‘Thanks for Shopping’ — UPDATED

No Apu joke here. From the LATimes:

Amazon Go is the company’s most ambitious effort to change the way people shop in stores and a play for the struggling $550-billion U.S. convenience store industry. Amazon hopes the cashier-less technology will help it stand out from the nation’s 150,000 convenience stores where traffic jams can form at the checkout counter. It’s all part of the company’s larger brick-and-mortar ambitions, which include a stepped-up push into groceries with the Whole Foods Market acquisition as well as the opening of about a dozen bookstores in such cities as Los Angeles, Chicago and New York.

To enter the Amazon Go store, customers download a smartphone app and scan a QR code to open a glass turnstile. Those shopping in a group scan the account holder’s phone once for each person entering, and sensors will associate them with that account. From there, machines take over, watching the items plucked from shelves and adding them to a shopping cart. Shoppers are billed once they leave and if there are any mistakes or the customer isn’t happy with an item, the customer pushes a “refund” button to have that item removed from the bill. Shoppers don’t have to return an unwanted item to the store to get a refund.

It’s here in Seattle, and while it sounds utopian and very modern, ask yourself the engineer’s eternal question: What problem am I trying to solve?

The spin is in the paragraph at the top, traffic jams can form at the checkout counter, but I doubt Jeff Bezos really cares that much about the convenience of the customer, he cares about his bottom line. Having fewer (low wage) employees is always his goal. He’ll have one person per (long) shift stocking the shelves BEHIND the fridge doors and probably one (contract) security guard to prevent looting. In the picture in the LATimes you see a person who looks like security guard staring at the gates.

Now, imagine all the other places where entering a building could be charged to your account: movie theaters, amusement parks, why, just about all the places where people go for fun and where entry-level, low skill/low wage people work.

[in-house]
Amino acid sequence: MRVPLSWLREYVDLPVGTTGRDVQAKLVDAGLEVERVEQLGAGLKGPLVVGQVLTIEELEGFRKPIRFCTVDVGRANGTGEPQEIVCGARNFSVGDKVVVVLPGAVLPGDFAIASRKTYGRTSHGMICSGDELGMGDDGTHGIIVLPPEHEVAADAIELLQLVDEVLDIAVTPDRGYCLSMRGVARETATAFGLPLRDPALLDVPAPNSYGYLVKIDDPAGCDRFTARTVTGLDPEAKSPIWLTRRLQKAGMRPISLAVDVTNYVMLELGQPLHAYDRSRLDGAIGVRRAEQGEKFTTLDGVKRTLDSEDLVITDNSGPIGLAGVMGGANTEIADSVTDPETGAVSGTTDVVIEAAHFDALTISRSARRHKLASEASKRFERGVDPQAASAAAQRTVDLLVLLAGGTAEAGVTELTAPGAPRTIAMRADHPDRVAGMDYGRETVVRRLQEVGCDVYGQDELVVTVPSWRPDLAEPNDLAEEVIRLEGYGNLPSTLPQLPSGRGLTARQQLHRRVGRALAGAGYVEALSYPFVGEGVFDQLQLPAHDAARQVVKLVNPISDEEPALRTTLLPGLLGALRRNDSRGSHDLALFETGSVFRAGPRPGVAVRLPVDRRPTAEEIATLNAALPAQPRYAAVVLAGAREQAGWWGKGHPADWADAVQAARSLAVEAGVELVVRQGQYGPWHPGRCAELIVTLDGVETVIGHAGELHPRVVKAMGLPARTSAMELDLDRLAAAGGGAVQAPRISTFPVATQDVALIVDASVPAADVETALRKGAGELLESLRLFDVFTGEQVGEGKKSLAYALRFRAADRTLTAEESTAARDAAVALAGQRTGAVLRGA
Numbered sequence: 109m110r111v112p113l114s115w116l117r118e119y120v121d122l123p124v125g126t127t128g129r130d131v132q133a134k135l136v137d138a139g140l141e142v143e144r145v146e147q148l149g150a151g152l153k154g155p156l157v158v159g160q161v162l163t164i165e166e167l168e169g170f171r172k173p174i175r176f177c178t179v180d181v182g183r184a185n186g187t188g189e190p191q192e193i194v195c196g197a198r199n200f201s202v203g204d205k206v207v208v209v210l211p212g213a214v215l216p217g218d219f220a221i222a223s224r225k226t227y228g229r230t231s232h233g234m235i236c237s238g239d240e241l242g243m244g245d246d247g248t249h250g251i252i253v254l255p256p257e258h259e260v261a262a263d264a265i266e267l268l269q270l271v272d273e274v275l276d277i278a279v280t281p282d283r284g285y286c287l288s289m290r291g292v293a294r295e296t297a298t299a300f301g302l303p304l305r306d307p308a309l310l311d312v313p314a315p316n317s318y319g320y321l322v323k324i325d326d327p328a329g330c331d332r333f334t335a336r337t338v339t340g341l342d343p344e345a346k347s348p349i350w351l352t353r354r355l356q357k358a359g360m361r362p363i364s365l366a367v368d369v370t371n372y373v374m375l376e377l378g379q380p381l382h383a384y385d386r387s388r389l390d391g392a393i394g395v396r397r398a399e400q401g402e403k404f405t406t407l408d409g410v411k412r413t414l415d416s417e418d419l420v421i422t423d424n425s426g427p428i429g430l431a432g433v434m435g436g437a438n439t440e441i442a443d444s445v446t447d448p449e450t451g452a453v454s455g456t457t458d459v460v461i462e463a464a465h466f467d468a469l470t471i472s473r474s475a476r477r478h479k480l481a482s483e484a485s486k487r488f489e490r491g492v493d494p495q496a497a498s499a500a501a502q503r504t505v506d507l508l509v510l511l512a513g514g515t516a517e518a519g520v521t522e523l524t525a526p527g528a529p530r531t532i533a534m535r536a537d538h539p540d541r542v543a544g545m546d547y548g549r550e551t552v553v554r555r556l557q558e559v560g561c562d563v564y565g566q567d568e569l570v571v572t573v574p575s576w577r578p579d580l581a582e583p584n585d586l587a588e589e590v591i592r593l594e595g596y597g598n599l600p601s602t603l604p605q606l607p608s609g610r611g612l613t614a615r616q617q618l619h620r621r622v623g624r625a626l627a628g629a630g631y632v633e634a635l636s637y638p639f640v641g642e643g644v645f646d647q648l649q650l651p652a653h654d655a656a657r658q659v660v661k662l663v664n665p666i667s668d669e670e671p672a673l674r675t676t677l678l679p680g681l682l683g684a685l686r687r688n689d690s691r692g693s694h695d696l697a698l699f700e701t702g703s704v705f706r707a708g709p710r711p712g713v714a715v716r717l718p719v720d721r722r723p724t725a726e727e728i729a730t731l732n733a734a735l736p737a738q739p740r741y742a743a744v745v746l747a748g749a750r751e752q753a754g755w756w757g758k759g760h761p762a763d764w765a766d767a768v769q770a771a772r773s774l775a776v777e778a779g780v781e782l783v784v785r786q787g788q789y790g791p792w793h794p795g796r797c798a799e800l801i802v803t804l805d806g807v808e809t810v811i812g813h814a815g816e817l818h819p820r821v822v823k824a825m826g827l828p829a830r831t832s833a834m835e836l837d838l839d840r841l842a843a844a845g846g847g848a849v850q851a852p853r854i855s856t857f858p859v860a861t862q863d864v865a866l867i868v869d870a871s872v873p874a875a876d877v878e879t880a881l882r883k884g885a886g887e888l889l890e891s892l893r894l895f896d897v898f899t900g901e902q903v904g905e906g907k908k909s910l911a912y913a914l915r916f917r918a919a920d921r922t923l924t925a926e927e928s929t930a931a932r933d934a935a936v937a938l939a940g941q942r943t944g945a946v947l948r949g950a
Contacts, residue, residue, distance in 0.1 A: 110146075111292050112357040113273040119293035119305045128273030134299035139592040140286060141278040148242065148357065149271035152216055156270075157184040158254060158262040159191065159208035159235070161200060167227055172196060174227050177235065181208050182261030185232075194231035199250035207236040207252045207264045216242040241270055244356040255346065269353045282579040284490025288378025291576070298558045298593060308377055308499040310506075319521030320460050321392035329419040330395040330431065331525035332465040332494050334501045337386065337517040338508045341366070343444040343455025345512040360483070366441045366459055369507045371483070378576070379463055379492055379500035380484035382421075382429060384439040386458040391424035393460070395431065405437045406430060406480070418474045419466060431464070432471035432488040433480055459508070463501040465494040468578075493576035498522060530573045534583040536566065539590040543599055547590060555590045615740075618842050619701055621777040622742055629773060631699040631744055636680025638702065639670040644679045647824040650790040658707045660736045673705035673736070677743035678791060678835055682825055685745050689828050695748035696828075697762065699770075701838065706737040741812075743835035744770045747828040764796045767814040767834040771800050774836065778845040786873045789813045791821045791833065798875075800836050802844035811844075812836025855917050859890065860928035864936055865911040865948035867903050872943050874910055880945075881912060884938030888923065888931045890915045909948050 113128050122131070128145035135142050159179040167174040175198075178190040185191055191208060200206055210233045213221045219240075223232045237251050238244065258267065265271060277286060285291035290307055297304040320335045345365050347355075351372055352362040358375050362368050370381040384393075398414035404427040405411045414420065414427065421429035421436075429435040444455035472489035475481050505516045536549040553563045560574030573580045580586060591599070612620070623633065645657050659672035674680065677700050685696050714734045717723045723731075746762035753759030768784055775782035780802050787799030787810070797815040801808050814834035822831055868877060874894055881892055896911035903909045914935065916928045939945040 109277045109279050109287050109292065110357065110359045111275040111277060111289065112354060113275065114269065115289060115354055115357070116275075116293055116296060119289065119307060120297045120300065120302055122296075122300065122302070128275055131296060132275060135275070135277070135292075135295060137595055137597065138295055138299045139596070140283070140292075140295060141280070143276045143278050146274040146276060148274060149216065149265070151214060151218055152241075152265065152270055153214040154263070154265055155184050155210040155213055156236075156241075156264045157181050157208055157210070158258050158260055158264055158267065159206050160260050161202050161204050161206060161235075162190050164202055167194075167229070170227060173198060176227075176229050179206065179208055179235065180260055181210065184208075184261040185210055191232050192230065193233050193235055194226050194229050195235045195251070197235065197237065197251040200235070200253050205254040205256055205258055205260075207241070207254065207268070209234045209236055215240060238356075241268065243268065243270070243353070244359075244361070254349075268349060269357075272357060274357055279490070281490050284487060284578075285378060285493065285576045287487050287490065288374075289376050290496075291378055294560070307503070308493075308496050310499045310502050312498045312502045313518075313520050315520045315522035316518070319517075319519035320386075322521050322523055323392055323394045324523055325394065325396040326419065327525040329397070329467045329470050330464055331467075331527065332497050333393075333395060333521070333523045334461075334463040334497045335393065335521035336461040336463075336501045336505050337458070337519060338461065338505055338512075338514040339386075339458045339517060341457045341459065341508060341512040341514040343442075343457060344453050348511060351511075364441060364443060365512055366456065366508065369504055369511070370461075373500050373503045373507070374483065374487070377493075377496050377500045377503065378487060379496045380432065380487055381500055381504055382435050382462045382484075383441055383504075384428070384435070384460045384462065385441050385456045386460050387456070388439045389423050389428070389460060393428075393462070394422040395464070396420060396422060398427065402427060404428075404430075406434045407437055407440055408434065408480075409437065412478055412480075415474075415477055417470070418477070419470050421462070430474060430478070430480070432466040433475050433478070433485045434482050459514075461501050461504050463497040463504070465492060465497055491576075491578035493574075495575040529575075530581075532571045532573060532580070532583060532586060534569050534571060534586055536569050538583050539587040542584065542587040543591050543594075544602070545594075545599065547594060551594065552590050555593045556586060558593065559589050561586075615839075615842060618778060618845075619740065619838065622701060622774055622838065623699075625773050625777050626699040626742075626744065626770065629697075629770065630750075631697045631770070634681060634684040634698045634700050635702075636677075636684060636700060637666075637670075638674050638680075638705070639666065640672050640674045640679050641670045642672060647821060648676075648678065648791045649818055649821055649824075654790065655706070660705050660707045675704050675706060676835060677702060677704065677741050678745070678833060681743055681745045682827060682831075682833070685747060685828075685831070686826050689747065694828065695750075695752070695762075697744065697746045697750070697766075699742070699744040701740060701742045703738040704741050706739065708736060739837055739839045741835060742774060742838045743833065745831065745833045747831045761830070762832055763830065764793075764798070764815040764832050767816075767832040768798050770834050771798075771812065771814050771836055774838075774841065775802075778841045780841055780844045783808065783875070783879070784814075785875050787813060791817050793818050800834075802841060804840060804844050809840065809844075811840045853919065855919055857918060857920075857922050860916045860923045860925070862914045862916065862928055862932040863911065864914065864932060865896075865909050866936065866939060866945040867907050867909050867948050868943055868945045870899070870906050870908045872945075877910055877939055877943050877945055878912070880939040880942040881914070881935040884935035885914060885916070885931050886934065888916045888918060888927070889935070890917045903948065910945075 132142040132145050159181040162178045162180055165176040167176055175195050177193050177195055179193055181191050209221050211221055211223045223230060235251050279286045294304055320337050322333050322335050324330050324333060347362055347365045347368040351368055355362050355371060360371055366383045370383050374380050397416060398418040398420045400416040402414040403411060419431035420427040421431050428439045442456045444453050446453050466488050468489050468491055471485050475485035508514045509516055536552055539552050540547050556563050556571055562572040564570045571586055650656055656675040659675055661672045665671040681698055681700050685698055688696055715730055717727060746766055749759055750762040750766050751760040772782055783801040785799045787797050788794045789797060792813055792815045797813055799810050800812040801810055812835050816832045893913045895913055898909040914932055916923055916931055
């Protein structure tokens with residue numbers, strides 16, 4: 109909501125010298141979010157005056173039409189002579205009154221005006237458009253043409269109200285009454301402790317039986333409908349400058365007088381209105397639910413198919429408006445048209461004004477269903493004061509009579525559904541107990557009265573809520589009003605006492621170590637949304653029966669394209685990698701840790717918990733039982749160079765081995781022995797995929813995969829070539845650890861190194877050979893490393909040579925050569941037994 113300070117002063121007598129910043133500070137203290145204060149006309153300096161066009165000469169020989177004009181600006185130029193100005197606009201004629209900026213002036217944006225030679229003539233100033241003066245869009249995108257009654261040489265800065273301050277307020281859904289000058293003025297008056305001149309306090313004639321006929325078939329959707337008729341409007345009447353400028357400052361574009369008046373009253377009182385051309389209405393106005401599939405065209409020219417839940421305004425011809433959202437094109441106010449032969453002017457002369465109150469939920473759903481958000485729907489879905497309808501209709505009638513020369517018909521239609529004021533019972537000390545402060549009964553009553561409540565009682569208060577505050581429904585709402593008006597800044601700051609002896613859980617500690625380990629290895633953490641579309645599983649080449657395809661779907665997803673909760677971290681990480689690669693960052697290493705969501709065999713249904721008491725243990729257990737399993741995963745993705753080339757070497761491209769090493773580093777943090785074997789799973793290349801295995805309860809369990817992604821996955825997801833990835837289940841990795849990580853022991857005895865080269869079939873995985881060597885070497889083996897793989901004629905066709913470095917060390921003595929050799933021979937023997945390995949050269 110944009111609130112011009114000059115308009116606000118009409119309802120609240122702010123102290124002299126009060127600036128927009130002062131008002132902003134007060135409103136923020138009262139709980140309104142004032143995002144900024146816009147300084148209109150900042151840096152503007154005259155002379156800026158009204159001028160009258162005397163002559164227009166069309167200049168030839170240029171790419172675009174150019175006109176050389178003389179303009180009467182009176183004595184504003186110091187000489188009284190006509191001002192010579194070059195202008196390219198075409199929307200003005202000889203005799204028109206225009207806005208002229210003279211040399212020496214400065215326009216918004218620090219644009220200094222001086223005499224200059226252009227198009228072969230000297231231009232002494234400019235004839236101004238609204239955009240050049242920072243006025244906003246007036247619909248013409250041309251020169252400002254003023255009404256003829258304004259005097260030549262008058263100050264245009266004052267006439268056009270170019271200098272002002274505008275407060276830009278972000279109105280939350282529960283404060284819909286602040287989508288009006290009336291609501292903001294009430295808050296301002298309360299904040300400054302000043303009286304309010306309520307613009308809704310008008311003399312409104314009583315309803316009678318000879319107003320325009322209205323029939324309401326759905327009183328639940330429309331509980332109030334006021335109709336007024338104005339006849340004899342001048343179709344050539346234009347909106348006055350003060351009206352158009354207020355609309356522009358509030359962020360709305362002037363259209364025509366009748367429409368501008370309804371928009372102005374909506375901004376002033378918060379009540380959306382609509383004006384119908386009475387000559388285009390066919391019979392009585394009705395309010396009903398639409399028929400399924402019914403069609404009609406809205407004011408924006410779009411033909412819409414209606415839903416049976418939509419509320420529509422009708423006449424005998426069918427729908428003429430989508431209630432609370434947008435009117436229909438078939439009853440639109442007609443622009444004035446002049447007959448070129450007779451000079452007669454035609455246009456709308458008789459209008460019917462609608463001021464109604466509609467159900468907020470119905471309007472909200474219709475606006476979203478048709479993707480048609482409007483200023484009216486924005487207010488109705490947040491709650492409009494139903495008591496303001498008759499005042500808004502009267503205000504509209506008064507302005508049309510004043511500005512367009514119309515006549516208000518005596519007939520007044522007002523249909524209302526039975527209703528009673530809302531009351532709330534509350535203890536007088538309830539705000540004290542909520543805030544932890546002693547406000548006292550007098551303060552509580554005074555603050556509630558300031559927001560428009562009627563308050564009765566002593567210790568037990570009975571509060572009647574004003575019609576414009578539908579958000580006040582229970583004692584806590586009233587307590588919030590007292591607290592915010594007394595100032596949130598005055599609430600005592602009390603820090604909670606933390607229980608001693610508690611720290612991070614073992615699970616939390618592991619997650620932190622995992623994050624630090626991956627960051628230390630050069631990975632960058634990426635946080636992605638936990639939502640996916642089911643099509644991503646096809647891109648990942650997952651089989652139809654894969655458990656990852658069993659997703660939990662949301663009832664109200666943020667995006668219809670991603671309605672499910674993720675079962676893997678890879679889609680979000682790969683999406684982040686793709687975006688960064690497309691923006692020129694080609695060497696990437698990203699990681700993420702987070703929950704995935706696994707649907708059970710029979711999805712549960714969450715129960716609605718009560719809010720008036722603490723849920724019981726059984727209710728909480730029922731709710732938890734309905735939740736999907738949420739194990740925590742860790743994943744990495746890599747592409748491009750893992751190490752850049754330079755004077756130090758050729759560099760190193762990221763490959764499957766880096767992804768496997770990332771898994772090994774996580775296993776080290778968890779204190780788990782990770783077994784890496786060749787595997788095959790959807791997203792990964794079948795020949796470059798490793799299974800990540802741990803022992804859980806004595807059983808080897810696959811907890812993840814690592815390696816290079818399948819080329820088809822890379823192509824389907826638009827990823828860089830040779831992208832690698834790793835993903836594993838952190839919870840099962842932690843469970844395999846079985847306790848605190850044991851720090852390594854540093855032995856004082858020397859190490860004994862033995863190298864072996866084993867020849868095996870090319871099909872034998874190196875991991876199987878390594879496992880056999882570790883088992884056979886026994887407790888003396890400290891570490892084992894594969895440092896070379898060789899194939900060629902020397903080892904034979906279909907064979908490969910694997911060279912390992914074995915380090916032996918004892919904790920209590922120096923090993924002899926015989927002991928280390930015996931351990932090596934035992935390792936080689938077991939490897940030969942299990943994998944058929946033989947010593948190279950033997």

Whoever gets Amazon’s HQ2, you will get these things, too. Be aware that besides giving them all those tax breaks, you are also giving them your jobs. And yes, you too can become Jeff Bezoz’ lab rat.

UPDATE 1: Gosh, looks like they are standing in an inconvenient line…

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11 Responses to ‘Thanks for Shopping’ — UPDATED

  1. Condi says:

    On another note Schumer and the Dems are bailing; they’ll vote to ‘reopen’ the gov’t based on a GOP promise to consider DACA by next month.

    Same as it ever was…

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  2. Sirius Lunacy says:

    The automated checkout lines are not there as a convenience to the customer, they are there as a cost savings to the company. I live in an area with a large elderly population who generally shy away from change, so there is often no one in the automated lines. I stand in line behind the old folks and wait my turn. It amazes me how often the person at the manned checkout chides me and others for not using the ‘convenient’ automated line. I always tell them that I’d just hate to see them lose their job.